Bulletin of the American Physical Society
APS March Meeting 2011
Volume 56, Number 1
Monday–Friday, March 21–25, 2011; Dallas, Texas
Session A27: Focus Session: Quantum Optics with Superconducting Circuits I |
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Sponsoring Units: GQI Chair: Jay Gambetta, University of Waterloo Room: C155 |
Monday, March 21, 2011 8:00AM - 8:12AM |
A27.00001: Quantum temperature of a modulated oscillator: spectral signatures Mark Dykman, Michael Marthaler, Vittorio Peano Relaxation of a quantum system is usually due to emission of excitations of a thermal reservoir. The emission events happen at random. For periodically modulated systems, the corresponding noise leads to a finite-width distribution over the quasi-energy (Floquet) states. It can be characterized by an effective nonzero quantum temperature even where the temperature of the reservoir is zero. We show that, as a result, the spectra of fluctuations and response of a parametrically modulated underdamped nonlinear oscillator can display a fine structure. The form of the spectra sensitively depends on the temperature of the reservoir. [Preview Abstract] |
Monday, March 21, 2011 8:12AM - 8:24AM |
A27.00002: Switching in modulated quantum oscillators beyond the rotating wave approximation. Vittorio Peano, Michael Marthaler, Mark Dykman Experiments with Josephson bifurcation amplifiers have reached the regime where the switching between different metastable states is governed by quantum fluctuations [1]. The existing theoretical analysis of the metastable decay relies on the rotating wave approximation (RWA) and gives an exponentially small switching rate [2]. Therefore if corrections to the RWA modify the switching rate, they can become substantial even where they are small. We incorporate them within a semiclassical perturbation theory in the Floquet basis. Our analytical results are corroborated by numerical calculations and suggest a switching mechanism that had been previously overlooked. \\[4pt] [1] R. Vijay et al, Rev. Sci. Instr. 80, 111101 (2009). \\[0pt] [2] M. I. Dykman and V. N. Smelyanskii, Sov. Phys. JETP 67, 1769 (1988); M. Marthaler and M. I. Dykman, Phys. Rev. A 73, 42108 (2006). [Preview Abstract] |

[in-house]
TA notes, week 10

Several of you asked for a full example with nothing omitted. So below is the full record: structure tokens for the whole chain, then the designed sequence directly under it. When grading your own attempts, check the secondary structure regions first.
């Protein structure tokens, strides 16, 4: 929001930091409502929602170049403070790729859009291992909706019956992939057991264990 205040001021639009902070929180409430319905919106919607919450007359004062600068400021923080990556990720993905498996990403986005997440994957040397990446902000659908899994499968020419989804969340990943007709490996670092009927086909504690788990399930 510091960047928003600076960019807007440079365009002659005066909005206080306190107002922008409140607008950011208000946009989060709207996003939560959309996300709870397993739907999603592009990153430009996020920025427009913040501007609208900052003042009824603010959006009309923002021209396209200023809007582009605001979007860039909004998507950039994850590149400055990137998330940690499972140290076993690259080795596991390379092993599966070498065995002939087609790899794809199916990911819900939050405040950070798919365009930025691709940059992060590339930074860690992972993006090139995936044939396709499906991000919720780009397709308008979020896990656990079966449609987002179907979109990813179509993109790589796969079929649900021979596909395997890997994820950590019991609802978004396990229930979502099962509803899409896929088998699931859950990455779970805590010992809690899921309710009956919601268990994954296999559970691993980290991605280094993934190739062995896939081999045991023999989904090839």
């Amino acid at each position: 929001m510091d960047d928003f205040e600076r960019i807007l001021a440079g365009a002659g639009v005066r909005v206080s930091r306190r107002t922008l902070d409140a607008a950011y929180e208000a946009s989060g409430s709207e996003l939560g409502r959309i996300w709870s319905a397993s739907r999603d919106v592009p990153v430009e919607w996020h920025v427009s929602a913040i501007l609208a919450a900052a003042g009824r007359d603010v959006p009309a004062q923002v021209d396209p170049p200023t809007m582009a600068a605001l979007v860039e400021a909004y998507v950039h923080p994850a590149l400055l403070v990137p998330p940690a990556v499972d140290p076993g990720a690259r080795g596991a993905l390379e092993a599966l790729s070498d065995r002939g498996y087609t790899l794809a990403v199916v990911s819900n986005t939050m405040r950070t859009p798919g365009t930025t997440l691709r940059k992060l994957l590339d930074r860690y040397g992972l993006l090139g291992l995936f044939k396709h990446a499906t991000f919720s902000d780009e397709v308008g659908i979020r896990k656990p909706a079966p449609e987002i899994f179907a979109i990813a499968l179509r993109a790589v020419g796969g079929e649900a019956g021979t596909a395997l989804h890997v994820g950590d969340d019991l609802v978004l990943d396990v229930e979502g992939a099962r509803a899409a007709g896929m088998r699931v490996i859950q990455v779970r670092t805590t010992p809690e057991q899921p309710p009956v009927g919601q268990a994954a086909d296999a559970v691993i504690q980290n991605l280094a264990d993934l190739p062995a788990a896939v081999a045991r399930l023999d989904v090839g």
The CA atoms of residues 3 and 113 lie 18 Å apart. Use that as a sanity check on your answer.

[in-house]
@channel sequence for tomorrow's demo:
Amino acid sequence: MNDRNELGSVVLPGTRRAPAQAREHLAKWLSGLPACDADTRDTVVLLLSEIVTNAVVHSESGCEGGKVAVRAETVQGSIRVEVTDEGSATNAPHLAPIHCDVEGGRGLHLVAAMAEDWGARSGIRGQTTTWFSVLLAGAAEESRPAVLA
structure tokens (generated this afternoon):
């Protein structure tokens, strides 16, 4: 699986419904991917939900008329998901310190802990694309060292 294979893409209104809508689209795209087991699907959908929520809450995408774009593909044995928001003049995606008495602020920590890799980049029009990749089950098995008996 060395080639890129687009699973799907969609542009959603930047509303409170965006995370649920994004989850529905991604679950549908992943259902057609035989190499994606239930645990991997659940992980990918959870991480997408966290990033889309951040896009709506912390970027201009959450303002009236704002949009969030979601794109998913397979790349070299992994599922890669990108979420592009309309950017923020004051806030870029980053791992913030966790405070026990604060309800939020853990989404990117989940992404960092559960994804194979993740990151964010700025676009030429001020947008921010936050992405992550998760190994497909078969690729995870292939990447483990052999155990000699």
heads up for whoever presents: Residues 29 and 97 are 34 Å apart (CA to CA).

Monday, March 21, 2011 8:24AM - 8:36AM |
A27.00003: Many-body effects of quantum impurity models via circuit QED Prasenjit Dutt, Michel Devoret, Karyn Le Hur Circuit QED systems serve as an ideal quantum simulator of condensed matter models, given the great degree of experimental precision and control with which they can be manipulated. Quantum impurity models exhibiting renormalization and confinement ideas reminiscent of QCD, can be realized in circuits comprising superconducting qubits and long transmission lines, which play the role of macroscopic bosonic baths. In particular, it is possible to use such systems to engineer standard low energy many-body Hamiltonians such as the spin-boson or anisotropic Kondo model. We develop a framework combining input-output theory and many-body techniques to study correlated photon transport and specifically the qubit response in such circuits. [Preview Abstract] |
Monday, March 21, 2011 8:36AM - 8:48AM |
A27.00004: Autoresonant vs. ladder climbing response in a superconducting Josephson phase circuit Nadav Katz, Yaara Rofe, Yoni Shalibo, Radoslaw Bialczak, John Martinis, Ido Barth, Lazar Friedland Anharmonic oscillators exhibit a unique response to a chirped drive, referred to as either autoresonance or ladder climbing. This typically involves a bifurcation of the oscillation amplitude depending both on the strength of the drive and on the system's anharmonicity. In this parameter space, the threshold of bifurcation exhibits a transition between sequential state excitation (quantum ladder climbing) and the population of coherent-like states (classical autoresonance). Previous attempts to experimentally map this transition have only been possible in either classical or quantum conditions. Superconducting Josephson phase circuits enable us to map these two regimes, including the intermediate regime, due to their tunable anharmonicity. We measure the bifurcation phenomena in this system over the relevant parameter space where the transition is observed. We compare to numerical simulations and theoretical analysis. [Preview Abstract] |